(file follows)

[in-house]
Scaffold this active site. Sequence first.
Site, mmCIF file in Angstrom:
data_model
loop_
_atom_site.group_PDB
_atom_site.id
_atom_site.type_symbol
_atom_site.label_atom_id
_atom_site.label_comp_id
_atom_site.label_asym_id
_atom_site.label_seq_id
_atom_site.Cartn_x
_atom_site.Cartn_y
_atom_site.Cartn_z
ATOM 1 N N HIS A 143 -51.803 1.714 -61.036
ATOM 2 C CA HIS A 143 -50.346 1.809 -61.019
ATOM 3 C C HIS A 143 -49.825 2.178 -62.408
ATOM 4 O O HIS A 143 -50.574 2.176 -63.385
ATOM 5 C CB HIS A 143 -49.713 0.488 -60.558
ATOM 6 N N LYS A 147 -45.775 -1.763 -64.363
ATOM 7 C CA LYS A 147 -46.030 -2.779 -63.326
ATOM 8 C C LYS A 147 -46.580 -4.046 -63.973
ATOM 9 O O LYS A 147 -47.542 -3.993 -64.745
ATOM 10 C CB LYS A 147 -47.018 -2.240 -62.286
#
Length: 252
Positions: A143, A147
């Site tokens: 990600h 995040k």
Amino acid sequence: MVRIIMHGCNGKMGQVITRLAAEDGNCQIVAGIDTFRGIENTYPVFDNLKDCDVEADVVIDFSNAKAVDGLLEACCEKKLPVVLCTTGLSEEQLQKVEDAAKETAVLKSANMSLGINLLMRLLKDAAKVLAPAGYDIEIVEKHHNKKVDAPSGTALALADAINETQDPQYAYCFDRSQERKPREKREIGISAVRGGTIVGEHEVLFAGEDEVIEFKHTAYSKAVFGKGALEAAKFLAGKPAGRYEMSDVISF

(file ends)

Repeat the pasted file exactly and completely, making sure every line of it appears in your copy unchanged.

[in-house]
Scaffold this active site. Sequence first.
Site, mmCIF file in Angstrom:
data_model
loop_
_atom_site.group_PDB
_atom_site.id
_atom_site.type_symbol
_atom_site.label_atom_id
_atom_site.label_comp_id
_atom_site.label_asym_id
_atom_site.label_seq_id
_atom_site.Cartn_x
_atom_site.Cartn_y
_atom_site.Cartn_z
ATOM 1 N N HIS A 143 -51.803 1.714 -61.036
ATOM 2 C CA HIS A 143 -50.346 1.809 -61.019
ATOM 3 C C HIS A 143 -49.825 2.178 -62.408
ATOM 4 O O HIS A 143 -50.574 2.176 -63.385
ATOM 5 C CB HIS A 143 -49.713 0.488 -60.558
ATOM 6 N N LYS A 147 -45.775 -1.763 -64.363
ATOM 7 C CA LYS A 147 -46.030 -2.779 -63.326
ATOM 8 C C LYS A 147 -46.580 -4.046 -63.973
ATOM 9 O O LYS A 147 -47.542 -3.993 -64.745
ATOM 10 C CB LYS A 147 -47.018 -2.240 -62.286
#
Length: 252
Positions: A143, A147
């Site tokens: 990600h 995040k």
Amino acid sequence: MVRIIMHGCNGKMGQVITRLAAEDGNCQIVAGIDTFRGIENTYPVFDNLKDCDVEADVVIDFSNAKAVDGLLEACCEKKLPVVLCTTGLSEEQLQKVEDAAKETAVLKSANMSLGINLLMRLLKDAAKVLAPAGYDIEIVEKHHNKKVDAPSGTALALADAINETQDPQYAYCFDRSQERKPREKREIGISAVRGGTIVGEHEVLFAGEDEVIEFKHTAYSKAVFGKGALEAAKFLAGKPAGRYEMSDVISF